A good quality crimped connector is far more secure than a soldered one. Solder is vulnerable to vibration brittleness. I'm an airplane mechanic, if the FAA ever caught you soldering anything you'd lose your license. You use crimp connectors on things vulnerable to vibrations. Solder is great for a CPU's motherboard, really bad for a wire.

There is a reason that you don't see solder in any of Yamahas factory connectors. It's all some form of crimp.

By all means, keep the solder away from the motorcycle. Your connections will thank you! :D
I can only go by my personal experience. I've been soldering connections on motorcycles for over 45 years (100's of soldered connections on more than 50 different bikes, too) and have never had a soldered connection crack, fail, short out or come loose. After soldering I coat the connection with liquid plastic AND use heat shrink tubing over the whole thing.

I HAVE had crimped connectors come loose several times over the years, even a couple factory crimped connections! And yes, I DO have a high quality crimping tool (bought from Boeing's Surplus Store) and know how to use it correctly.

I'll stick with soldering, mate!
 

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That's because you don't know how to crimp a connector. A GOOD quality crimp connector done properly will be 10 times stronger than the same connector soldered.

Vibration can cause a connection to come loose. Just because YOU haven't had it happen doesn't mean it's a good idea. If it was so good, the FAA wouldn't have banned it for use in aircraft wiring. VW wouldn't recommend AGAINST it's use in wiring harnesses and the boating industry wouldn't be against it.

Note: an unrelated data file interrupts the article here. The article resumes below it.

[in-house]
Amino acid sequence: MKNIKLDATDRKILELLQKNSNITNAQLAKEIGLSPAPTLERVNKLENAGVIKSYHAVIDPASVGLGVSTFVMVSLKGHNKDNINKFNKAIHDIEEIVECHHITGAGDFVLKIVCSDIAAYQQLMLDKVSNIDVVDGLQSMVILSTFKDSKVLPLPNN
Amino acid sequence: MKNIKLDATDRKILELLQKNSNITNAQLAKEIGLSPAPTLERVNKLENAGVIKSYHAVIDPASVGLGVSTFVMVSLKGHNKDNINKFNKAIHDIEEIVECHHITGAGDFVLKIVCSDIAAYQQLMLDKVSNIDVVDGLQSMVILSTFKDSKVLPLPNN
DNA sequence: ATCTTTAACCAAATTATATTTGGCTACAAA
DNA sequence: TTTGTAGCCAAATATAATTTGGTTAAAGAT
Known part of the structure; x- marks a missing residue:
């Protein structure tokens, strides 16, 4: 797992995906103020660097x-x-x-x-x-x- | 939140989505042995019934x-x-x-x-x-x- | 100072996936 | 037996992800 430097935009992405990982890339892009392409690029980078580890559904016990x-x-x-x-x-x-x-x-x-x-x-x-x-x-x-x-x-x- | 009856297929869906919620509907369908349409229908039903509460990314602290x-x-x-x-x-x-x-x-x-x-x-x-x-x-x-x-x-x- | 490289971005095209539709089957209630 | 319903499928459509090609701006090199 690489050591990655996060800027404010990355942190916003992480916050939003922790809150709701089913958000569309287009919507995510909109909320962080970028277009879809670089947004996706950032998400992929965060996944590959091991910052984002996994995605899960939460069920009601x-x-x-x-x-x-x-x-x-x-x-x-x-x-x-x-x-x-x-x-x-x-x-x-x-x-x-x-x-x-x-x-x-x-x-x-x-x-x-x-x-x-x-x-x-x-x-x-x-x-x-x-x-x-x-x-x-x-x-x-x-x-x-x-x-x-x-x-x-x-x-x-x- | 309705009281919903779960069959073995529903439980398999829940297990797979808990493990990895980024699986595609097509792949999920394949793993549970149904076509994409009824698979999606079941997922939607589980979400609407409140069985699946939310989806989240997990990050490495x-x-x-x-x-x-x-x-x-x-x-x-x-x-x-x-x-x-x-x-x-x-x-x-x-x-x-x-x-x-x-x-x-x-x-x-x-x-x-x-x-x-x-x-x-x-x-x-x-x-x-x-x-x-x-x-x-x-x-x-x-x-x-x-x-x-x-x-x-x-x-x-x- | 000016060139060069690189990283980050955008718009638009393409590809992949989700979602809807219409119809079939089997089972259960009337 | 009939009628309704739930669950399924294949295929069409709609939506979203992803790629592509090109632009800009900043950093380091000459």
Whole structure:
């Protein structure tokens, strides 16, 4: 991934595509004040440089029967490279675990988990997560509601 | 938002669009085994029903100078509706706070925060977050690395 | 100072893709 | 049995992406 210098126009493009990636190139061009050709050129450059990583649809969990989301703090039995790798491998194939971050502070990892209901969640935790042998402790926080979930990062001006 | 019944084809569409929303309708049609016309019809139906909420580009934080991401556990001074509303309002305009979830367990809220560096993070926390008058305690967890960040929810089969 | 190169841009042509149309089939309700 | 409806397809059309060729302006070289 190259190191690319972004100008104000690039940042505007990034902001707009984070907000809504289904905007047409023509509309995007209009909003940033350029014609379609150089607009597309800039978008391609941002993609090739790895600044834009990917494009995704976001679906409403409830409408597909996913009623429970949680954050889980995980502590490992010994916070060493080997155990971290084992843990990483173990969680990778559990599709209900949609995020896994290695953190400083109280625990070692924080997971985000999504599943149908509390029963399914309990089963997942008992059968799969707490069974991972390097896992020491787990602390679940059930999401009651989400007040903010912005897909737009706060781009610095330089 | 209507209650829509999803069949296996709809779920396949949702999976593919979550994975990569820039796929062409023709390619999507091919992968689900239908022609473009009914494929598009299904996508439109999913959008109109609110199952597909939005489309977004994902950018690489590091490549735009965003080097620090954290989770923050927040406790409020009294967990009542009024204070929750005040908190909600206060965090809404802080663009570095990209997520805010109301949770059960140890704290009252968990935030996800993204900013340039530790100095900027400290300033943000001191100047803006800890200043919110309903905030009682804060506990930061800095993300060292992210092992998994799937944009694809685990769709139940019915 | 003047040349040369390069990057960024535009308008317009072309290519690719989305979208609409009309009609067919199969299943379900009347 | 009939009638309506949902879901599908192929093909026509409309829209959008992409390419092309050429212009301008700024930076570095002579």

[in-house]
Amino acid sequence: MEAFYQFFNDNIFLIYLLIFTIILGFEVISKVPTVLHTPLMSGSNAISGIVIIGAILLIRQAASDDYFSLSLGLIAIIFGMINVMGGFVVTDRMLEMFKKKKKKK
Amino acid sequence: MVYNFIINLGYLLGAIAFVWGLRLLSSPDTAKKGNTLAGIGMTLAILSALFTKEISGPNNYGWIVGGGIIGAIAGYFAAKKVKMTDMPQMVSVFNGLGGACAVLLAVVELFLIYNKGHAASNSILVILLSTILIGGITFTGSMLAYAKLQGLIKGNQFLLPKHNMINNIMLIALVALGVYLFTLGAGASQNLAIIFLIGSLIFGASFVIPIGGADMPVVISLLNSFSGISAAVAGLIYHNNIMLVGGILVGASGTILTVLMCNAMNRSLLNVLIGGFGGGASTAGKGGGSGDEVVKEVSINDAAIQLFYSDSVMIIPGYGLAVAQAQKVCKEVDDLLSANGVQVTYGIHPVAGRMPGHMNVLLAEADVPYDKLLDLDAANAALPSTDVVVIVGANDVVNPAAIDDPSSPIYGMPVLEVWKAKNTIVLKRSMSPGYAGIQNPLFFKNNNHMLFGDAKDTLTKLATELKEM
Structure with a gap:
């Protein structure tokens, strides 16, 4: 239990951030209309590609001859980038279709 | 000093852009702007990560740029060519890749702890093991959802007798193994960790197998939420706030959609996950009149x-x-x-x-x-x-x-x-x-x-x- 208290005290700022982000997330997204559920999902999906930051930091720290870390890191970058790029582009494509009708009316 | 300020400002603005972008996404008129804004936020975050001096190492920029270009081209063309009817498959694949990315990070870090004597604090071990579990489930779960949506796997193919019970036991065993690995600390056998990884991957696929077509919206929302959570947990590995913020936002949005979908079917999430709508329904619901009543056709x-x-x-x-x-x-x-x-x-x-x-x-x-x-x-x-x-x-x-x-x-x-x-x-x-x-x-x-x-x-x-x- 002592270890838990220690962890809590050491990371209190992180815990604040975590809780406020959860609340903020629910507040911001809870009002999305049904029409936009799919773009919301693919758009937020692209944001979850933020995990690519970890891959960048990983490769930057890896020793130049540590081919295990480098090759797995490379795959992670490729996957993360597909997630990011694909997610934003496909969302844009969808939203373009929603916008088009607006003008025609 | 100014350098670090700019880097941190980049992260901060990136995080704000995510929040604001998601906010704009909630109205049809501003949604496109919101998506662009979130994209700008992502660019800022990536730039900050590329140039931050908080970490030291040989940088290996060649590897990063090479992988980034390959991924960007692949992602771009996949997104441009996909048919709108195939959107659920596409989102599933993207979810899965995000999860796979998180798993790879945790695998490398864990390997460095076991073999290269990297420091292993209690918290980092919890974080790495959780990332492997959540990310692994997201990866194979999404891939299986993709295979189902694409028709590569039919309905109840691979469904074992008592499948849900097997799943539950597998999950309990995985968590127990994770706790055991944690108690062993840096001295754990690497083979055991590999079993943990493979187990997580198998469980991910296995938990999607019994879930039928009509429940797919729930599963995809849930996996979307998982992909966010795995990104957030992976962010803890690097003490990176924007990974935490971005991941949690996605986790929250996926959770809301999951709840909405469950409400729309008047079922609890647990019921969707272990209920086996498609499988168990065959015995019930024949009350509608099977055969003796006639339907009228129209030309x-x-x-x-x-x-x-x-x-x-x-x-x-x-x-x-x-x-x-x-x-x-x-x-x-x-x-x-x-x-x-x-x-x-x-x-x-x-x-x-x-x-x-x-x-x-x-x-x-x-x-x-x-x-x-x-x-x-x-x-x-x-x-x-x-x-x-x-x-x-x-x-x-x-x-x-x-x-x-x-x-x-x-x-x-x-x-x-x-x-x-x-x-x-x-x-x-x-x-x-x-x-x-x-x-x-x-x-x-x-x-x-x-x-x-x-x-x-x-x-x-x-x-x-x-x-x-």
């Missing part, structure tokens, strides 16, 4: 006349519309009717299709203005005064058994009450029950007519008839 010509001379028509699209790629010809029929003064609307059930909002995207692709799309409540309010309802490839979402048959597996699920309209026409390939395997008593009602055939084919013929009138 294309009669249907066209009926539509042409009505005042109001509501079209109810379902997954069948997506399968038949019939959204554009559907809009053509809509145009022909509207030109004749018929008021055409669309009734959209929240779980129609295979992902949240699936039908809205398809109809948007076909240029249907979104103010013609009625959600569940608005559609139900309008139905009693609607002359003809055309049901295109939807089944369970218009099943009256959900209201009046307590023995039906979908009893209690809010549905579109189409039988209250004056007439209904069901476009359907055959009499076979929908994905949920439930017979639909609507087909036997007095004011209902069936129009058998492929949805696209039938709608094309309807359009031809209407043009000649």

But keep on going man. You know it all. That's obvious. You must already know that when you solder a wire you degrade the insulation and cause it to begin to corrode at that location. And I HAVE seen many soldered connections come loose due to vibration, usually on lawnmowers with home made repairs. 5 crimp connections and one soldered one and which one came apart? If solder was so good, why isn't it all over the place on the bike? Why is everything crimp? The entire wiring harness crimped? Hmm? Got an answer to that one, big fellah?
 

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That's because you don't know how to crimp a connector. A GOOD quality crimp connector done properly will be 10 times stronger than the same connector soldered.

Vibration can cause a connection to come loose. Just because YOU haven't had it happen doesn't mean it's a good idea. If it was so good, the FAA wouldn't have banned it for use in aircraft wiring.
Sorry, but I DO know how to crimp a connector and anyway, an R3 isn't a plane, doesn't have anywhere even remotely near the levels of vibration a plane does and doesn't have the potential to fall out of the sky if a vital connector disconnects.

I'm sure what you are saying, and what Redstone College/Embry Riddle/Etc. teaches, is true for planes, but: Plane and R3 = apples and oranges.

Plus, I don't solder wires to connectors. I solder wires directly to each other. No connectors. I don't mean for them to be disconnected, ever. They're not going to come apart unless I cut them.

My soldered, sealed and heat shrunk (using hot melt glue lined heat shrink tubing) wire connections do not fail. Period. I was shown this method by a certified motorcycle mechanic and I've been doing them this way for myself and for friends for 45+ years; that's a LONG F****** time with ZERO failures!

And that's only on motorcycles. I've also done 100's on cars and even some on boats. Again, ZERO failures.

So, why so many crimps on a motorcycle, car etc.? They build to a price point and soldering is time consuming, so costs money. And, they mean for easy exchange of parts if one fails. Hence, crimping.

End of discussion....